Federal judge rules HHS unlawfully ended teen pregnancy prevention grant funding

A fifth federal judge has ruled against the Department of Health of Human Services’ decision to end a grant program aimed at curbing teen pregnancy.

Judge Ketanji Brown Jackson of the US District Court for the District of Columbia on Friday decided in favor of the plaintiff in a class-action lawsuit against the agency.

The suit was filed in April by Healthy Futures of Texas, a nonprofit that aims to reduce teen and unplanned pregnancies, on behalf of itself and 61 other “similarly situated” organizations. All of the organizations had received five-year program grants from HHS’s Teen Pregnancy Prevention Program, but were informed last summer that their funding would end two years early on June 30, 2018.

Jackson ruled that HHS’s early termination of the funding was unlawful and ordered the department to proceed “as if the agency had not undertaken to shorten these grantees’ federal awards.”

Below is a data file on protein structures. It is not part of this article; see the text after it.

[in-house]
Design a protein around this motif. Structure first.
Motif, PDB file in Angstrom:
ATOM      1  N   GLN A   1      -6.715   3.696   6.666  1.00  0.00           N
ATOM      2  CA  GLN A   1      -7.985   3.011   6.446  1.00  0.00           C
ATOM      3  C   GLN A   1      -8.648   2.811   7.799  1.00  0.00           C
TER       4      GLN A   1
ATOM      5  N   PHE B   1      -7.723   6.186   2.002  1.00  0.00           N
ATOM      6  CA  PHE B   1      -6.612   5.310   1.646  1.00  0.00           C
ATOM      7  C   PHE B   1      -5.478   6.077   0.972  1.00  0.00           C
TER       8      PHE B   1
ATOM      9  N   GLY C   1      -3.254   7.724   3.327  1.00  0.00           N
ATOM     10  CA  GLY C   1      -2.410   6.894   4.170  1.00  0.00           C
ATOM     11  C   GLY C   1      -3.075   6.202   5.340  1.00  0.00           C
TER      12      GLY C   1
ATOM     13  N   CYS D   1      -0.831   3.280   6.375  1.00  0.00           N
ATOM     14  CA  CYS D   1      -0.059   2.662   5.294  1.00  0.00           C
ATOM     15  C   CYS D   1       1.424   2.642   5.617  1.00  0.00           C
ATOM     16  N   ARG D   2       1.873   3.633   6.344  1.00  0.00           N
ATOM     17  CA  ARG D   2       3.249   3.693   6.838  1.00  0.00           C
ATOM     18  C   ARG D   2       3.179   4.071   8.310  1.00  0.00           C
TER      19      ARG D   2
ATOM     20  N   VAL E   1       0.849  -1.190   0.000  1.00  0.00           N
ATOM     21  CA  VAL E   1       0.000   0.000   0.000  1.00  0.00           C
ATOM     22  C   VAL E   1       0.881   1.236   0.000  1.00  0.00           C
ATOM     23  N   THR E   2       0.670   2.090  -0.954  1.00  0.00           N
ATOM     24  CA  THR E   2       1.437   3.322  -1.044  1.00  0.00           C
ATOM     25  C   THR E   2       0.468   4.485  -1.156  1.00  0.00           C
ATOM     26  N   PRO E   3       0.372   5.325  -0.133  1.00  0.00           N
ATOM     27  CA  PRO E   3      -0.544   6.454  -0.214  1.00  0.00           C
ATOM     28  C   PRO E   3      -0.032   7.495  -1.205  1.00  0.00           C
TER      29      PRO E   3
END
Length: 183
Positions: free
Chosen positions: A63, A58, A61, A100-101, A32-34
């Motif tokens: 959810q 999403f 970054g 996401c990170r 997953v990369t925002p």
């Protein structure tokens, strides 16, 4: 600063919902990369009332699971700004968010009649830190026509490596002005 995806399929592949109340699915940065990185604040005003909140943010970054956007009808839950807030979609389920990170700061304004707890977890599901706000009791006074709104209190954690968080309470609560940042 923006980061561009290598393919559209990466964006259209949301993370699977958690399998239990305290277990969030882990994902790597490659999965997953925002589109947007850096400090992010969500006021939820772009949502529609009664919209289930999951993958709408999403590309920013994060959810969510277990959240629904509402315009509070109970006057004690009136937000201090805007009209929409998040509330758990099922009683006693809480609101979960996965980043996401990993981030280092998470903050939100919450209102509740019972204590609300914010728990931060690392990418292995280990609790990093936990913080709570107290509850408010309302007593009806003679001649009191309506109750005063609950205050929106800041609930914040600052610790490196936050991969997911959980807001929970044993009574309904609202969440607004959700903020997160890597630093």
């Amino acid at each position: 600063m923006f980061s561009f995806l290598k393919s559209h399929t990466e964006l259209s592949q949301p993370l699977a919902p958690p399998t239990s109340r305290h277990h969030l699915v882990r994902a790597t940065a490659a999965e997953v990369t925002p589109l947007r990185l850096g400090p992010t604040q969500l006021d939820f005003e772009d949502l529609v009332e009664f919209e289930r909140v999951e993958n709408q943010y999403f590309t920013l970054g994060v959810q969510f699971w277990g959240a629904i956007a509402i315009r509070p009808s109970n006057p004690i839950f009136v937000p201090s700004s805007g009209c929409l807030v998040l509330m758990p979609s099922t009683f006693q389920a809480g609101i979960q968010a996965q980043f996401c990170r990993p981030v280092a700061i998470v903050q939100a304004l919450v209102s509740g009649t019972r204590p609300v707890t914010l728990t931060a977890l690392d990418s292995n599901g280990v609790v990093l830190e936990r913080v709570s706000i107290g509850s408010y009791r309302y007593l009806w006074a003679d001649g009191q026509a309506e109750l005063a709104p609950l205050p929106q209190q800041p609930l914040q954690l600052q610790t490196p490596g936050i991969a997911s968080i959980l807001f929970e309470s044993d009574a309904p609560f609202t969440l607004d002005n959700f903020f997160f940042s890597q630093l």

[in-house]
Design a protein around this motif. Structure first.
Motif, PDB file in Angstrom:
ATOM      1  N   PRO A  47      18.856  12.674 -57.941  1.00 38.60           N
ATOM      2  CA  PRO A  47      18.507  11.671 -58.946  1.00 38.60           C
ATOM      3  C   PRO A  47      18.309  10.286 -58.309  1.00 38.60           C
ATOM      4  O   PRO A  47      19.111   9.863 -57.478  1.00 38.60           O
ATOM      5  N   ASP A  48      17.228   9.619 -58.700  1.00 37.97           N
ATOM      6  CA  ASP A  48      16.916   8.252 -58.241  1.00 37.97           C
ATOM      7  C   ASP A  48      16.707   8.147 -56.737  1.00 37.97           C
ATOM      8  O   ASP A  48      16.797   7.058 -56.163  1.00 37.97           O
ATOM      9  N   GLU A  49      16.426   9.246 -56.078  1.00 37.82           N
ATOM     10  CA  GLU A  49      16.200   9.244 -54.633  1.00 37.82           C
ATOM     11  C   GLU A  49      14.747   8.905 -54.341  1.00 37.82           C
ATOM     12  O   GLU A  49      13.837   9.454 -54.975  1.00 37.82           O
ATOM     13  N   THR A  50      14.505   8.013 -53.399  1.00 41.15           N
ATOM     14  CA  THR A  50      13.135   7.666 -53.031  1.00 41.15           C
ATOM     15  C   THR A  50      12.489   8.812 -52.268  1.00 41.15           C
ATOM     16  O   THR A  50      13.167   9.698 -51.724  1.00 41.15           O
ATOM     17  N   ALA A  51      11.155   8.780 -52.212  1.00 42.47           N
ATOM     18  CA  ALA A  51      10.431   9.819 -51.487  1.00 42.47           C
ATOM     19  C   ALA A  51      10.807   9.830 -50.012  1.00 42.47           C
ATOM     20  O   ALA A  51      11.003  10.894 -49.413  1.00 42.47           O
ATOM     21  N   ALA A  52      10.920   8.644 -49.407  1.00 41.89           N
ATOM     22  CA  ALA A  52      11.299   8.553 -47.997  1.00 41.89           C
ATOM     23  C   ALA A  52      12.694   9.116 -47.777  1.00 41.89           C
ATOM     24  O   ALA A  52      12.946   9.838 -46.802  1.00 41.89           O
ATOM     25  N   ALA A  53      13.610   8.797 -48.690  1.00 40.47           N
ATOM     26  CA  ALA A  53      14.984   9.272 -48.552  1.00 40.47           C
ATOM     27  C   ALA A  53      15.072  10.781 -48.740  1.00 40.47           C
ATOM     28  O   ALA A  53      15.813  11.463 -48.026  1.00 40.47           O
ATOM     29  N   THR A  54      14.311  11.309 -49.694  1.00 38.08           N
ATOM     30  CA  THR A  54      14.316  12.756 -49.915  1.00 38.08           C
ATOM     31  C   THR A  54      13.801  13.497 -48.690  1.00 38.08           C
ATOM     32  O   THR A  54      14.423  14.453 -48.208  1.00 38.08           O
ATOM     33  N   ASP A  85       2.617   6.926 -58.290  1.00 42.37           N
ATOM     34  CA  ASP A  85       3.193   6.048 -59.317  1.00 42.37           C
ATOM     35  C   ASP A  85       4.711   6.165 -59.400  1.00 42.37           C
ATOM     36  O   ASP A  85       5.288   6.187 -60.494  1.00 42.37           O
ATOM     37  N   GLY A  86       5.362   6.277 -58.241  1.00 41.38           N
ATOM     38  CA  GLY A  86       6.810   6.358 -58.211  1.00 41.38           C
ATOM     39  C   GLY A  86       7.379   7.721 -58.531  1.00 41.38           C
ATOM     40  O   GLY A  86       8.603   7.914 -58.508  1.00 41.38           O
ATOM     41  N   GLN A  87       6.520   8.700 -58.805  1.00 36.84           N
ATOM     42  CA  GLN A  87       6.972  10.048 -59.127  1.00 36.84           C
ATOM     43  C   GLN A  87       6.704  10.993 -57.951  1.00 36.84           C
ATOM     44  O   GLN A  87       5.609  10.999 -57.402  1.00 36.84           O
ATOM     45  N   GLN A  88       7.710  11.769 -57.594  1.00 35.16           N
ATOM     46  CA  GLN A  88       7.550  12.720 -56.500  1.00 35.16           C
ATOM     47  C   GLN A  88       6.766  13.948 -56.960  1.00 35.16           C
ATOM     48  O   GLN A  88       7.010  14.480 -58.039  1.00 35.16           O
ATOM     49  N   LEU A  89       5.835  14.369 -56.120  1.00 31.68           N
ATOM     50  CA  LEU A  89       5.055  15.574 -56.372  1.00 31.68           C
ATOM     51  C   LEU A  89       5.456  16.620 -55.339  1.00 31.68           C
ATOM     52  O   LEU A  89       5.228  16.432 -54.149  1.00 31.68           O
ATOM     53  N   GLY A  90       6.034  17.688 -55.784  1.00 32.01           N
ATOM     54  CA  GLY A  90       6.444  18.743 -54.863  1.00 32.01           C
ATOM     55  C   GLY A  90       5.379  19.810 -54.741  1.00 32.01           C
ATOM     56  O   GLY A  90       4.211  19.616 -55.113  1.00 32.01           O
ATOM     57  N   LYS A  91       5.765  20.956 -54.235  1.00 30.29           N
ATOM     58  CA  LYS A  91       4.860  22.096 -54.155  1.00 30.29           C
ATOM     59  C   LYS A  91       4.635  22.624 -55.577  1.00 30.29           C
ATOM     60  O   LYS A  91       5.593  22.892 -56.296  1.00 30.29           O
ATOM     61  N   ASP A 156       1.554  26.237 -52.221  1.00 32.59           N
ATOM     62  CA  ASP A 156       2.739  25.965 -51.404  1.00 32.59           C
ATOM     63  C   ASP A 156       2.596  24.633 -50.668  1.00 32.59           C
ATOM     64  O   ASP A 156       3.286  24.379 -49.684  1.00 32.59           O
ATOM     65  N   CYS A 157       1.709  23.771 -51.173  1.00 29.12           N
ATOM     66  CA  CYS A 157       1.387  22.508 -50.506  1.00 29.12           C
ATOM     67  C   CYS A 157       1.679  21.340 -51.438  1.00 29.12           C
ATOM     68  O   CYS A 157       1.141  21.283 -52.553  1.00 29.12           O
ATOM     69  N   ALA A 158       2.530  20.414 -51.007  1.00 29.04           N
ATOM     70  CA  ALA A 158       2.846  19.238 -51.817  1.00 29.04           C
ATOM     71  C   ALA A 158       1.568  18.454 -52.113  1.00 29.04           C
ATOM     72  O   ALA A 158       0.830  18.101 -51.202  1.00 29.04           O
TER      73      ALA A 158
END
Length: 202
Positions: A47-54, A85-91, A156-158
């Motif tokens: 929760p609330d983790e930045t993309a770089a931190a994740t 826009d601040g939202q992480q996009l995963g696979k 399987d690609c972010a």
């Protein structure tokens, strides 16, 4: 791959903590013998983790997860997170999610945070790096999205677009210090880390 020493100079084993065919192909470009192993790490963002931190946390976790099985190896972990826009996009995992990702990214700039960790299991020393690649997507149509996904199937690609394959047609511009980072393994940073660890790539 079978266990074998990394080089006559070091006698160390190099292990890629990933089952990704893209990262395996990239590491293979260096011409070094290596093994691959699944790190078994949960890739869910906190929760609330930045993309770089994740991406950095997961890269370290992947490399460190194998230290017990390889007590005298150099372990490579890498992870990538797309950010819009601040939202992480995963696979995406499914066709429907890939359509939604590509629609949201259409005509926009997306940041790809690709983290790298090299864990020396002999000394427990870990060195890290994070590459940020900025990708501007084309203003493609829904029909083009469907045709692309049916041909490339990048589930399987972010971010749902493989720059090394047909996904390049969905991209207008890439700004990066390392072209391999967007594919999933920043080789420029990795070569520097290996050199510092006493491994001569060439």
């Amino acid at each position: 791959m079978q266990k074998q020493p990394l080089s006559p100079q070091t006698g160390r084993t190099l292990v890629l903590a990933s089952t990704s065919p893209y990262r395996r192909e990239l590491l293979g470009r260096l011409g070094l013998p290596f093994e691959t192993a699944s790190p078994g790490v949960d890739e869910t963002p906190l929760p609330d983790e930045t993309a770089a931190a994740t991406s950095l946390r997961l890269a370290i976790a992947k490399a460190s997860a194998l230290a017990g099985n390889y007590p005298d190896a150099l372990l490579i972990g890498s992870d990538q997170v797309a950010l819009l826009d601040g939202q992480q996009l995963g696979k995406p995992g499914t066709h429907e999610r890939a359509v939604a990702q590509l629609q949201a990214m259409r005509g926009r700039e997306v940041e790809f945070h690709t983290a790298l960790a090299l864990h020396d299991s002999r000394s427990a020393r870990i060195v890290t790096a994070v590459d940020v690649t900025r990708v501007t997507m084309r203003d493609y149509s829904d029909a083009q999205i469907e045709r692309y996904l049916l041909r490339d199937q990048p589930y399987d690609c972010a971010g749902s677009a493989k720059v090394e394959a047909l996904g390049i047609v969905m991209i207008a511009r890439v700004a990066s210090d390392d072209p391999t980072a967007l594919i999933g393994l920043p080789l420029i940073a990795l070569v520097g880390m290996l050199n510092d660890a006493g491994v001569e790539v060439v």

“With this decision, our youth now have the chance for better health, educational attainment and economic opportunities that will change their lives,” Evelyn Delgado, the president and CEO of Healthy Futures of Texas, said in a statement.

Brown’s decision is the fifth such ruling against HHS on the issue, coming on the heels of a ruling out of Washington state earlier this week. The five district court decisions mean that virtually all of the 84 grant recipients will have their funding restored.

“There’s really no legal action left at the district court level,” Sean Sherman, an attorney for Public Citizen Litigation Group who represented the plaintiffs in the class-action suit, told CNN. “All of the courts have now said unanimously that all of these terminations were unlawful.”

HHS did not immediately reply to a CNN request for comment on the latest decision or on whether the agency plans to appeal any of the rulings.

Last summer, the Trump administration decided to end grant funding for the Teen Pregnancy Prevention Program. In an August statement, the department said it was reviewing best approaches after evaluating the first round of initiatives from the grant funding. The program was created by a congressional directive in 2010 to fund youth-focused programs and study their effectiveness in curbing adolescent pregnancy.